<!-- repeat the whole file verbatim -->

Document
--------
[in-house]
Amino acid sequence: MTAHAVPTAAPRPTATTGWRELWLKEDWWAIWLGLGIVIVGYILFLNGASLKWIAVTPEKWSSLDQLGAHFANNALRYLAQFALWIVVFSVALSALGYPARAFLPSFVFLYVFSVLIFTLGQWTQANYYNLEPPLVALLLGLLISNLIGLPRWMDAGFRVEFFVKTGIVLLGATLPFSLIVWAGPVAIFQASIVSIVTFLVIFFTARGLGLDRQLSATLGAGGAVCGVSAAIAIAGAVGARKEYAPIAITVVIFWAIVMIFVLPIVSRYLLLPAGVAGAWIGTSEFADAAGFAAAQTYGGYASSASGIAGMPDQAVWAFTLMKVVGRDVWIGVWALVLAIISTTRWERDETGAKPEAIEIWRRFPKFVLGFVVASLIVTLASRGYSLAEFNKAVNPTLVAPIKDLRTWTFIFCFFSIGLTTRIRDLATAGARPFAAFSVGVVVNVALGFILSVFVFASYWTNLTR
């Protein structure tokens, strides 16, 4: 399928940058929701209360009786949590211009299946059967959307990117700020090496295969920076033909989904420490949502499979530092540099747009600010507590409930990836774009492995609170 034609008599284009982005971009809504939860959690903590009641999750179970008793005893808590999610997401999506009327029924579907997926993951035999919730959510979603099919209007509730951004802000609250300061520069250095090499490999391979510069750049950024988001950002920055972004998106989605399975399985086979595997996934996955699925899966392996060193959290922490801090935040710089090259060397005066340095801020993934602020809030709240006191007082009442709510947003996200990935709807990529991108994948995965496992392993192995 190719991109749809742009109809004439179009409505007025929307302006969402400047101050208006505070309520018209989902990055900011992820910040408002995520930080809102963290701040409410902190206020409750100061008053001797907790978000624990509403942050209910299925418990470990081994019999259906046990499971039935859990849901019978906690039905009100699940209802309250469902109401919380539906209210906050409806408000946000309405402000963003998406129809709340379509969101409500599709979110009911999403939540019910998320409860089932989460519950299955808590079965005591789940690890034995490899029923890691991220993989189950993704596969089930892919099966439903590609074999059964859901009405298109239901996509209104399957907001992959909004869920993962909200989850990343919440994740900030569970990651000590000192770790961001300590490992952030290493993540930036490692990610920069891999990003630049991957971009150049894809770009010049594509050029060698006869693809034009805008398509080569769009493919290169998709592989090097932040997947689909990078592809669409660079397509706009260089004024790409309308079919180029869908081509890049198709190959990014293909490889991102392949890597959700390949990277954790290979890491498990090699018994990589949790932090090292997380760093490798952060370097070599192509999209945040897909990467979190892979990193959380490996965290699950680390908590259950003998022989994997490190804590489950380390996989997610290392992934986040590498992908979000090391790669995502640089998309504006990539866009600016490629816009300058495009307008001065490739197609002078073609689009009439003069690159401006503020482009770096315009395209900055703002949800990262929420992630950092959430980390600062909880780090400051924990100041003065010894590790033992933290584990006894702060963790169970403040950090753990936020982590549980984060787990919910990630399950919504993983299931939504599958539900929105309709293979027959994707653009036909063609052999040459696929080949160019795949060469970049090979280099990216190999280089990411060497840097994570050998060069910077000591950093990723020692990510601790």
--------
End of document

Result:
[in-house]
Amino acid sequence: MTAHAVPTAAPRPTATTGWRELWLKEDWWAIWLGLGIVIVGYILFLNGASLKWIAVTPEKWSSLDQLGAHFANNALRYLAQFALWIVVFSVALSALGYPARAFLPSFVFLYVFSVLIFTLGQWTQANYYNLEPPLVALLLGLLISNLIGLPRWMDAGFRVEFFVKTGIVLLGATLPFSLIVWAGPVAIFQASIVSIVTFLVIFFTARGLGLDRQLSATLGAGGAVCGVSAAIAIAGAVGARKEYAPIAITVVIFWAIVMIFVLPIVSRYLLLPAGVAGAWIGTSEFADAAGFAAAQTYGGYASSASGIAGMPDQAVWAFTLMKVVGRDVWIGVWALVLAIISTTRWERDETGAKPEAIEIWRRFPKFVLGFVVASLIVTLASRGYSLAEFNKAVNPTLVAPIKDLRTWTFIFCFFSIGLTTRIRDLATAGARPFAAFSVGVVVNVALGFILSVFVFASYWTNLTR
């Protein structure tokens, strides 16, 4: 399928940058929701209360009786949590211009299946059967959307990117700020090496295969920076033909989904420490949502499979530092540099747009600010507590409930990836774009492995609170 034609008599284009982005971009809504939860959690903590009641999750179970008793005893808590999610997401999506009327029924579907997926993951035999919730959510979603099919209007509730951004802000609250300061520069250095090499490999391979510069750049950024988001950002920055972004998106989605399975399985086979595997996934996955699925899966392996060193959290922490801090935040710089090259060397005066340095801020993934602020809030709240006191007082009442709510947003996200990935709807990529991108994948995965496992392993192995 190719991109749809742009109809004439179009409505007025929307302006969402400047101050208006505070309520018209989902990055900011992820910040408002995520930080809102963290701040409410902190206020409750100061008053001797907790978000624990509403942050209910299925418990470990081994019999259906046990499971039935859990849901019978906690039905009100699940209802309250469902109401919380539906209210906050409806408000946000309405402000963003998406129809709340379509969101409500599709979110009911999403939540019910998320409860089932989460519950299955808590079965005591789940690890034995490899029923890691991220993989189950993704596969089930892919099966439903590609074999059964859901009405298109239901996509209104399957907001992959909004869920993962909200989850990343919440994740900030569970990651000590000192770790961001300590490992952030290493993540930036490692990610920069891999990003630049991957971009150049894809770009010049594509050029060698006869693809034009805008398509080569769009493919290169998709592989090097932040997947689909990078592809669409660079397509706009260089004024790409309308079919180029869908081509890049198709190959990014293909490889991102392949890597959700390949990277954790290979890491498990090699018994990589949790932090090292997380760093490798952060370097070599192509999209945040897909990467979190892979990193959380490996965290699950680390908590259950003998022989994997490190804590489950380390996989997610290392992934986040590498992908979000090391790669995502640089998309504006990539866009600016490629816009300058495009307008001065490739197609002078073609689009009439003069690159401006503020482009770096315009395209900055703002949800990262929420992630950092959430980390600062909880780090400051924990100041003065010894590790033992933290584990006894702060963790169970403040950090753990936020982590549980984060787990919910990630399950919504993983299931939504599958539900929105309709293979027959994707653009036909063609052999040459696929080949160019795949060469970049090979280099990216190999280089990411060497840097994570050998060069910077000591950093990723020692990510601790």